“In home to home they set up altar areas and hoisted flags. They planted trees bearing fruits, blossoms, and other auspicious signs.” (Janaki Mangala, 184)
bandana vāra bitāna patākā ghara ghara |
rōpē saphala sapallava maṅgala tarūbara ||
Trees are good for us. This only makes sense. Aside from being integral to a beautiful backdrop, providing the proper setting for a nature scene, they provide shade to the weary traveler. They give the comfort of shade on a hot summer’s afternoon. They give a resting place for the bookworm who enjoys being outdoors. And in the scientific analysis, they provide the vital oxygen that is necessary for breathing in the human species. Still, there are grades of trees, with some considered pious and others impious. The scene referenced above speaks of pious trees.
Sin gets you further away from your true identity of spirit soul, which is part and parcel of God and thus servant of Him for all of eternity. Sin isn’t so difficult to understand. There are sins in just about every category of activity. If you put the wrong type of gasoline in your automobile, you’re committing a sin. The reason is that the mistake will lead to a negative reaction, something particularly unwanted. Putting the right type of gasoline in the car is piety; it yields a desired result. Piety is auspicious and sin inauspicious.
In terms of trees, a sinful one does not yield fruits. Every living entity survives off other living entities. This is nature’s way. There is something called the food chain which basically explains the same concept. The human being is the lone species that has discretion. It has a choice in its diet. Just because it has dominion over other creatures doesn’t mean it has license to kill without limits. Just as the human being does not normally kill other human beings and a few selected animals like cats and dogs, when in a state of sobriety it does not kill any other animals for food.
This leaves the vegetables. But even then there is some sin involved, as the vegetables are cut away, made lifeless, when the time is right for consumption. The only kind of diet that is totally free of violence is one based on fruits. The fruits fall from the trees at the appropriate time. Shri Ramachandra, the Supreme Personality of Godhead in His incarnation form famous for ridding the world of the evil Rakshasa named Ravana, once remarked that for the mature human being there is no other fear than death. He compared it to the ripened fruit, which has no other fate than to fall.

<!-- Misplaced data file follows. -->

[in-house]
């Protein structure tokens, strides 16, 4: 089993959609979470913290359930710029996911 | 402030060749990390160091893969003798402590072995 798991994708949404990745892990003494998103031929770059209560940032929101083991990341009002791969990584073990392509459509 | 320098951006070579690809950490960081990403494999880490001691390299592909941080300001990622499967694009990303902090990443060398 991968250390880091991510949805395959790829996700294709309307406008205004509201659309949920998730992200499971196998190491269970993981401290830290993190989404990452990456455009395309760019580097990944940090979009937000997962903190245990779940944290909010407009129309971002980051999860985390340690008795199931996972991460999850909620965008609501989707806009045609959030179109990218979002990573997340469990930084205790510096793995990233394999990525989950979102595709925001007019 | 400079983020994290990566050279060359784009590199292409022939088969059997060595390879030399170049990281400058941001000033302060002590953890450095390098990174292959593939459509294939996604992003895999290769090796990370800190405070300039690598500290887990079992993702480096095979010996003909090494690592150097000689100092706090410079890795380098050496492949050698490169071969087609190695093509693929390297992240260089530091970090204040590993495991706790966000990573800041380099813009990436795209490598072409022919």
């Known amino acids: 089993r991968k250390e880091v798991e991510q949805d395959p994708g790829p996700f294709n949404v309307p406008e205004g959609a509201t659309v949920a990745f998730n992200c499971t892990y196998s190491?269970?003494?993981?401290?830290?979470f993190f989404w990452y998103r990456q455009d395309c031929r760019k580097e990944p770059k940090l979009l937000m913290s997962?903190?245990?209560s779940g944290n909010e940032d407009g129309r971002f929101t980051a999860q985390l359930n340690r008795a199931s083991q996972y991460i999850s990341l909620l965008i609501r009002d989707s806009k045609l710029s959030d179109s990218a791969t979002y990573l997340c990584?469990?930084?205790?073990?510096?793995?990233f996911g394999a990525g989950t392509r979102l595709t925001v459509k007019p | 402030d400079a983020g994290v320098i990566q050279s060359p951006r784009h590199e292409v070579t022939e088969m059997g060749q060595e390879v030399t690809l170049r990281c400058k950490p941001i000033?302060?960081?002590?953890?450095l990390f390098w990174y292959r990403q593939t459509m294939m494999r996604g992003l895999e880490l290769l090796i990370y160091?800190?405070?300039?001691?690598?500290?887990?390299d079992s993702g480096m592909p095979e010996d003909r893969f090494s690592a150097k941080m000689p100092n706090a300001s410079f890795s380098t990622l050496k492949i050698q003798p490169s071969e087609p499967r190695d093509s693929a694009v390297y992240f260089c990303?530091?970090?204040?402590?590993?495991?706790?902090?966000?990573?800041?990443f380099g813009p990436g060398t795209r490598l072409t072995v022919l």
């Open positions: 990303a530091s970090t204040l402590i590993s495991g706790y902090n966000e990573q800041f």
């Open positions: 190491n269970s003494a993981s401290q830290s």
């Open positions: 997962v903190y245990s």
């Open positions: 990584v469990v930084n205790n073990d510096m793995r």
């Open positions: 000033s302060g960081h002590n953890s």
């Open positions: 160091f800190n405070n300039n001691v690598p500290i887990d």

“Just as the ripened fruit has no other fear than falling, the man who has taken birth has no other fear than death.” (Lord Rama, Valmiki Ramayana, Ayodhya Kand, 105.17)
The fruit’s fateful descent, its inevitable fall from the tree, does not involve violence. By approaching the tree, one who picks up such fruits and eats them can survive. Indeed, a person could survive just remaining near such a tree. Therefore the fruit-bearing trees are considered pious in the Vedas. They are better than the non-fruit-bearing ones, which are thus considered sinful. The fruit-bearing tree is also found in the heavenly realm. There you can ask for anything from the trees and receive it immediately. Thus these trees are known as desire trees [kama-taru, sura-taru, kalpa-vriksha].
In this verse from the Janaki Mangala, we read that the residents of Ayodhya planted trees that bore fruits, blossoms and other auspicious signs. They did this as a welcome for the Supreme Lord, who was returning to their town after having been away for a while. In home to home they set up altars and flags as well. Home is where the heart is, and so when there is worship in the home, the heart is properly situated. It remains connected to God, even though it may be far away from a formal devotional atmosphere. It may be many miles away from others practicing devotion, but the heart can stay just as connected with God through the altar in the home.
In the same way that the pious trees are those which produce fruits, there can also be pious books. Those works which yield the fruit of devotion to God, bhakti, are the most pious. Every page, which likely originates from a tree, is filled with descriptions that bring the heart closer to the eternal occupation of devotional service. Conversely, the mundane literature keeps one away from God. Those works keep the mind unfortunately situated in maya, or illusion. And so one cannot survive on such works; they need to constantly shift their attention.
The pious works stand alone in greatness. They become the main source of sustenance for the devoted soul and they also pass the test of time, bringing future generations so much joy. The mango is the king of fruits, making the mango tree the most pious on earth. Devotion to Rama is the king of all fruits given in literature, and so those works which describe Him have a value that cannot be measured.
Accompanying names of Rama chanted,
Pious trees Ayodhya’s people planted,
Mangos and blossoms to bear,
To provide shade, comfort and fare.
Pious and impious books too there can be,
From effect on consciousness one can see.
As bhakti the soul’s long-lost treasure,
Books giving it of value without measure.
Categories: janaki mangala